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Exploring the Power of C# 8.0: The New Switch Expression


In the world of programming, handling multiple conditions efficiently is a common challenge. Traditionally, languages like C# have relied on switch statements for this purpose. However, with the introduction of C# 8.0, a new feature called the "switch expression" brings a more concise, flexible, and expressive way to handle such scenarios. In this article, we'll delve into the capabilities of the new switch expression and explore how it enhances the programming experience in C#.

Understanding Traditional Switch Statements:

Before diving into switch expressions, let's quickly recap how traditional switch statements work in C#. A switch statement evaluates an expression against a list of possible values and executes the code block associated with the first matching value. While effective, switch statements can become verbose, especially when dealing with complex conditions or multiple cases.

Introducing Switch Expressions:

C# 8.0 introduces switch expressions as a more powerful alternative to traditional switch statements. Unlike switch statements, switch expressions can be used as part of an expression, allowing for more concise and readable code. Here's a program of a switch expression:

class Program { static void Main(string[] args) { Console.WriteLine("Enter a number to check its parity:"); int number = int.Parse(Console.ReadLine()); string parity = CheckParity(number); Console.WriteLine($"The number {number} is {parity}."); } static string CheckParity(int number) { return number switch { int n when n % 2 == 0 => "even", int n when n % 2 != 0 => "odd", _ => "neither odd nor even" }; } }

In above bold syntax:

  • number is the expression to be evaluated.
    • { ... }: This block contains the cases and their corresponding expressions.

    • int n when n % 2 == 0 => "even":

      • This case is executed when number % 2 == 0, indicating that the number is even.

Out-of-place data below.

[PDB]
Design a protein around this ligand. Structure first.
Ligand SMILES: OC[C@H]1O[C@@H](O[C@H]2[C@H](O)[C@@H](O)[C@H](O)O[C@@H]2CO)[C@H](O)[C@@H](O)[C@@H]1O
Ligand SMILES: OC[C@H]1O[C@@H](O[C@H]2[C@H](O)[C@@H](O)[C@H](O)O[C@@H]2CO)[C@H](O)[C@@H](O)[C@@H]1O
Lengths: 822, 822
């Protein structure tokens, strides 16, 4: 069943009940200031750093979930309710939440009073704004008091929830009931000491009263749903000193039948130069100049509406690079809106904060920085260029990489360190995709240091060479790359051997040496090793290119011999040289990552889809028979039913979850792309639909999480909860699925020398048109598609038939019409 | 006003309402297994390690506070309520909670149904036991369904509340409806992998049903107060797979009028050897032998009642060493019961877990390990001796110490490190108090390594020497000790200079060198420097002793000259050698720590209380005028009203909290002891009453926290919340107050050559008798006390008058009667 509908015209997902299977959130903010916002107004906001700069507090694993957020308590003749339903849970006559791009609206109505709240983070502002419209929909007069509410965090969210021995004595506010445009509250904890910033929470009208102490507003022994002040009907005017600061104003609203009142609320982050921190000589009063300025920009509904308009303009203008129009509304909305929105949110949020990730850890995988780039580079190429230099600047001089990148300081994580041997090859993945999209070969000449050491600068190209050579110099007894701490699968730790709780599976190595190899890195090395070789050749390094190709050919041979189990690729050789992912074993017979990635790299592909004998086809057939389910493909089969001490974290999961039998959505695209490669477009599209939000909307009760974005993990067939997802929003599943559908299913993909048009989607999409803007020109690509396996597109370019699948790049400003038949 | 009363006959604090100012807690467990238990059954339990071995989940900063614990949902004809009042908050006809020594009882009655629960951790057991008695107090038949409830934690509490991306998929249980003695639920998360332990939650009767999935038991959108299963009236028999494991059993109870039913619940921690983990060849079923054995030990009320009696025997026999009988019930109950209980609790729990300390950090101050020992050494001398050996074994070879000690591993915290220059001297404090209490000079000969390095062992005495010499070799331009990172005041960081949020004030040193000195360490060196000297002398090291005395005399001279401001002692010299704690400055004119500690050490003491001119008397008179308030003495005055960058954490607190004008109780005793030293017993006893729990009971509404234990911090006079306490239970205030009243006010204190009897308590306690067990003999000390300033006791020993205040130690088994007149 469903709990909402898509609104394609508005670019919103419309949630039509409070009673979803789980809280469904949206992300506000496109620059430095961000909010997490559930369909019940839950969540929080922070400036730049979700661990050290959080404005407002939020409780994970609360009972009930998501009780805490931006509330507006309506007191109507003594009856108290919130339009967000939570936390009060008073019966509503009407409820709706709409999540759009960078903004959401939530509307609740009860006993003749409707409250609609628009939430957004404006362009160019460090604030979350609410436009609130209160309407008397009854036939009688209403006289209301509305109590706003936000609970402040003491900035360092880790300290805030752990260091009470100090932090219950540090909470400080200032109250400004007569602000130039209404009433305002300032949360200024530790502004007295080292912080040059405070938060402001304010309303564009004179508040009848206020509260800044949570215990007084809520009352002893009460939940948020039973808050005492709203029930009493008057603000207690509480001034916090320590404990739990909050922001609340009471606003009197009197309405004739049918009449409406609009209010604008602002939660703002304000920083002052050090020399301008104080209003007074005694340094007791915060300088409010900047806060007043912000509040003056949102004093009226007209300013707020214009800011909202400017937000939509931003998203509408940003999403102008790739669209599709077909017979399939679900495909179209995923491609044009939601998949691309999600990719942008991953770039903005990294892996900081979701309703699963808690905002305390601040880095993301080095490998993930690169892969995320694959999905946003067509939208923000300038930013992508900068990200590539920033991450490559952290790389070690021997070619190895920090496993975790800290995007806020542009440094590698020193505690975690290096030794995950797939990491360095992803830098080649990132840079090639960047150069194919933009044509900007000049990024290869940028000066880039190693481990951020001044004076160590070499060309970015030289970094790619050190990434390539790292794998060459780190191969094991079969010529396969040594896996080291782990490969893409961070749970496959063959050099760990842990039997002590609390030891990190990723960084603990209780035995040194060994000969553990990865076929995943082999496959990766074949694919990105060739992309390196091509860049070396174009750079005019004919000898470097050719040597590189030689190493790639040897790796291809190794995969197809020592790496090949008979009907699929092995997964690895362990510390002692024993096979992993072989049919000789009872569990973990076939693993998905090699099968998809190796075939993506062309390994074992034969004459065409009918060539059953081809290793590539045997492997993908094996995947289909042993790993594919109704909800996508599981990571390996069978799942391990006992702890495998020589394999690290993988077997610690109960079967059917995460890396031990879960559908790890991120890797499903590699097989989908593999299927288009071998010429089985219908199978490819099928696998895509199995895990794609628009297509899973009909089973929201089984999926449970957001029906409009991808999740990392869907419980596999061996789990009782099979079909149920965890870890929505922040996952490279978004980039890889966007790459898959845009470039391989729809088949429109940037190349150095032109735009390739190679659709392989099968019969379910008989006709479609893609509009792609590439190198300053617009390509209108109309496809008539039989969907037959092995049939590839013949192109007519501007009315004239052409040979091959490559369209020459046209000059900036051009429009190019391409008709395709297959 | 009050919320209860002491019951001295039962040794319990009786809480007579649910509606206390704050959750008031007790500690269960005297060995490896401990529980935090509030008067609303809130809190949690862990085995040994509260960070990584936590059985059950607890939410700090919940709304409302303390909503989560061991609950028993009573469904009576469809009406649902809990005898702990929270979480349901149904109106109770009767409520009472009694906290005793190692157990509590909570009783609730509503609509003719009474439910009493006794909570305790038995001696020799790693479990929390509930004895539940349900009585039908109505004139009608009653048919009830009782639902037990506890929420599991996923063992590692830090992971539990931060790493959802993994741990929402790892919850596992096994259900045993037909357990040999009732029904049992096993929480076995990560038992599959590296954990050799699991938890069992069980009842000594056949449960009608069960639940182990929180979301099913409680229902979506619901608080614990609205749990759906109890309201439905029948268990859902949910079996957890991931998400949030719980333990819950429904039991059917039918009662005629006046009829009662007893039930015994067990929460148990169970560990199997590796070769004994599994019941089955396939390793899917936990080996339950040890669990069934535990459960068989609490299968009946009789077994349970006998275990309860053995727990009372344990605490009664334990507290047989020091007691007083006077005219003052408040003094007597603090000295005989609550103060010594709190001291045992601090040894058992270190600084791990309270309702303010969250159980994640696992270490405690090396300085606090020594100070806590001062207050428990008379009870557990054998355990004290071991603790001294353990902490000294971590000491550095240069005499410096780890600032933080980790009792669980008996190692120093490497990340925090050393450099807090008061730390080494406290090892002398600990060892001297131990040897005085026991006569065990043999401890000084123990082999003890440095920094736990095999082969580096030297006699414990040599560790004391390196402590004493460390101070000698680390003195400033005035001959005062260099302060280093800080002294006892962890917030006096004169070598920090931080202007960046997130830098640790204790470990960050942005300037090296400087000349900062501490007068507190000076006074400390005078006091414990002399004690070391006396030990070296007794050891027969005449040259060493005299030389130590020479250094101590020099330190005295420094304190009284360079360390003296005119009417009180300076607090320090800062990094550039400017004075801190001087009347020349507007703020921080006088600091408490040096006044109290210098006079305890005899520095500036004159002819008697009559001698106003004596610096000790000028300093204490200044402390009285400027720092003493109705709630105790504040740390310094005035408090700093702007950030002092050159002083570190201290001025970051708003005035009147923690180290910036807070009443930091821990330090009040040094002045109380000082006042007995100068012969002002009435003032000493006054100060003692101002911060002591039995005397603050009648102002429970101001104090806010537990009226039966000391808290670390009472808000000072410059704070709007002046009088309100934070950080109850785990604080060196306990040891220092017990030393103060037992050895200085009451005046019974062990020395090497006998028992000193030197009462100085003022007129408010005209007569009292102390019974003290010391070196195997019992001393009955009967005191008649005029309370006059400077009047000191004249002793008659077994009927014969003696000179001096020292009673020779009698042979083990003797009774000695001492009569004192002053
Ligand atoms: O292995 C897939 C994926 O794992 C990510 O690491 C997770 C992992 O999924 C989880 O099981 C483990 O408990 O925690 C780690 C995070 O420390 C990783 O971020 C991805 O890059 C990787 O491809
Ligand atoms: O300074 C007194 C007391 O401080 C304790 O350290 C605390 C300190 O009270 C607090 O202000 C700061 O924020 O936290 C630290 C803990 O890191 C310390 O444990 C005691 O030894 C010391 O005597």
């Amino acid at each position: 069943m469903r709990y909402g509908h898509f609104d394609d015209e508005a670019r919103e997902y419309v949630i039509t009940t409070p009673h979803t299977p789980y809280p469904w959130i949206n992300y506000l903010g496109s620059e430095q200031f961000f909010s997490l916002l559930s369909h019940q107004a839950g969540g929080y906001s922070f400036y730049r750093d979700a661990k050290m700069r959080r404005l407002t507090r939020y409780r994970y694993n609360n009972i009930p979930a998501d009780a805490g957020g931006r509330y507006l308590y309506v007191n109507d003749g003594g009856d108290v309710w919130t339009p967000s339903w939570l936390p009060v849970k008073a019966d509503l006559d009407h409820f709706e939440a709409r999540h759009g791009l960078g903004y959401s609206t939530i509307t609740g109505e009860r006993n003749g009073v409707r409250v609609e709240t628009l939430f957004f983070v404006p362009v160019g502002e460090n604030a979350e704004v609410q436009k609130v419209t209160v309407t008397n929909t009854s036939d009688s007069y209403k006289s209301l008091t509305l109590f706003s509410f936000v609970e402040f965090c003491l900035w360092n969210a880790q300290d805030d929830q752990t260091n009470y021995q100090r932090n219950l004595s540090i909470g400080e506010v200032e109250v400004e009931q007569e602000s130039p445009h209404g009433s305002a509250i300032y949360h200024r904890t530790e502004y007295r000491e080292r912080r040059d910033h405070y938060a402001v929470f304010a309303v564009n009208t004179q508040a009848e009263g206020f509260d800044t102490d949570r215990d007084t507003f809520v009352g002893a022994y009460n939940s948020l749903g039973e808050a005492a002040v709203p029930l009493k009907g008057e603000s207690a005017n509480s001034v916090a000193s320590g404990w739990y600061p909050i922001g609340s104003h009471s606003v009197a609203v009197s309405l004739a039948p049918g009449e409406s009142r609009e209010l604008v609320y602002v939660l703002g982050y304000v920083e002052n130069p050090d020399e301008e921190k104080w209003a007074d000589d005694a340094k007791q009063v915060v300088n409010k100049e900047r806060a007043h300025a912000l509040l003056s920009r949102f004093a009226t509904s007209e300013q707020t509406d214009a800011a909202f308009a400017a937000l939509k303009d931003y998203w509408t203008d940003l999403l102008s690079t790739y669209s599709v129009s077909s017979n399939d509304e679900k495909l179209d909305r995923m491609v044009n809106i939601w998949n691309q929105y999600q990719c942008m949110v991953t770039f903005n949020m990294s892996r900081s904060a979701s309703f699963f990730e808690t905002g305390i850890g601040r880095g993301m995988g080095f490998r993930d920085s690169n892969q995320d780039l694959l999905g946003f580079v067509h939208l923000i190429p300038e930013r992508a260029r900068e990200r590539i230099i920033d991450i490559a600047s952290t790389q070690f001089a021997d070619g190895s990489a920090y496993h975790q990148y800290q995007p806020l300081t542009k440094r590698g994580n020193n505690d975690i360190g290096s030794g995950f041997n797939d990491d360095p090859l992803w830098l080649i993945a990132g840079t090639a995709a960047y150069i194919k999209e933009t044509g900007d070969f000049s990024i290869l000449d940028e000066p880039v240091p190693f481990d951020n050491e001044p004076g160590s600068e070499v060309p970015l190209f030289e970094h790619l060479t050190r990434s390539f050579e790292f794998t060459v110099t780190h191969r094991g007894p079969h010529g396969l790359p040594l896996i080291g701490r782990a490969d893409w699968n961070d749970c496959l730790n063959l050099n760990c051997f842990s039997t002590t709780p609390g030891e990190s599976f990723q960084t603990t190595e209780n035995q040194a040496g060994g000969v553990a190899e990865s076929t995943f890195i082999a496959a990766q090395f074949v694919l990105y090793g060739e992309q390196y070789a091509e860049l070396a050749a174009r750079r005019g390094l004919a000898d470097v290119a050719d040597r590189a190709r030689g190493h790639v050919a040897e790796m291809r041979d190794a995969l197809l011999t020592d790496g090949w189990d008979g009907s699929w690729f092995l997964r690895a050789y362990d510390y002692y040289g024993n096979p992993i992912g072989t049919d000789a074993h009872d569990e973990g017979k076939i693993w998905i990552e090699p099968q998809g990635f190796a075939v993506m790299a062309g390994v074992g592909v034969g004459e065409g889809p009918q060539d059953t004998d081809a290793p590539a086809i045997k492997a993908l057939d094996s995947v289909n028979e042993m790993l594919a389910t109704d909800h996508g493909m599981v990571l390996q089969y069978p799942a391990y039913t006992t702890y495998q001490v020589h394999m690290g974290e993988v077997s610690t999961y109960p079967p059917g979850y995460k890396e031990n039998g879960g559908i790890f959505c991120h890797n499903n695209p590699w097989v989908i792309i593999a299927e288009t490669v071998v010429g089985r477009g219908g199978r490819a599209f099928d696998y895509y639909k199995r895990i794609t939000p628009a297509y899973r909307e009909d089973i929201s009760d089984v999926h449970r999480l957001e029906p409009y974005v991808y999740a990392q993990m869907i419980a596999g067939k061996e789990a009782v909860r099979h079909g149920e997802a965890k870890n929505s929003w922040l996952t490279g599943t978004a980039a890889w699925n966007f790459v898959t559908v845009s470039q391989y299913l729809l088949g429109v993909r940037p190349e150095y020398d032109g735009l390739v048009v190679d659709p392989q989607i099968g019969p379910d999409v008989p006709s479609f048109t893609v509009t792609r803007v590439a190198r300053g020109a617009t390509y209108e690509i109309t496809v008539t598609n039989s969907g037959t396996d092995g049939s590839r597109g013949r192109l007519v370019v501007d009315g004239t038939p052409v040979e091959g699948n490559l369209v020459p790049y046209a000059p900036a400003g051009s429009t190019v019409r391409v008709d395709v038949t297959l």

• int n introduces a pattern variable n which represents the value of number.
      • when n % 2 == 0 filters this case to only execute when the value is even.
      • => "even" specifies that if the condition is met, the expression should return "even".
    • int n when n % 2 != 0 => "odd":

      • This case is executed when number % 2 != 0, indicating that the number is odd.
      • int n introduces a pattern variable n which represents the value of number.
      • when n % 2 != 0 filters this case to only execute when the value is odd.
      • => "odd" specifies that if the condition is met, the expression should return "odd".
    • _ => "neither odd nor even":

      • This is the default case that matches any other value that hasn't matched the previous cases.
      • _ is a discard pattern, which means it matches any value.
      • => "neither odd nor even" specifies that if the input doesn't match the previous cases, the expression should return "neither odd nor even".

Benefits of Switch Expressions:

Switch expressions offer several benefits over traditional switch statements:

  1. Conciseness:

  1. Switch expressions are more concise and expressive, reducing the verbosity often associated with switch statements.
  1. Pattern Matching:
  1. They support pattern matching, allowing for more flexible and sophisticated matching conditions.

  1. Return Values:

  1. Switch expressions can return a value directly, making them suitable for assignments and method returns.

Traditional Switch Case Statement:

Below is the implementation of same method using traditional switch-case

        static string CheckParity(int number)
            switch (number % 2)
                case 0:
                    return "even";
                case 1:
                    return "odd";
                    return "neither odd nor even";

The switch expression introduced in C# 8.0 brings a modern and expressive approach to handling multiple conditions in C# programming. Its concise syntax, support for pattern matching, and ability to return values directly make it a valuable addition to the language. By leveraging switch expressions, developers can write cleaner, more maintainable code while improving their productivity. As C# continues to evolve, features like switch expressions contribute to making the language more powerful and developer-friendly.


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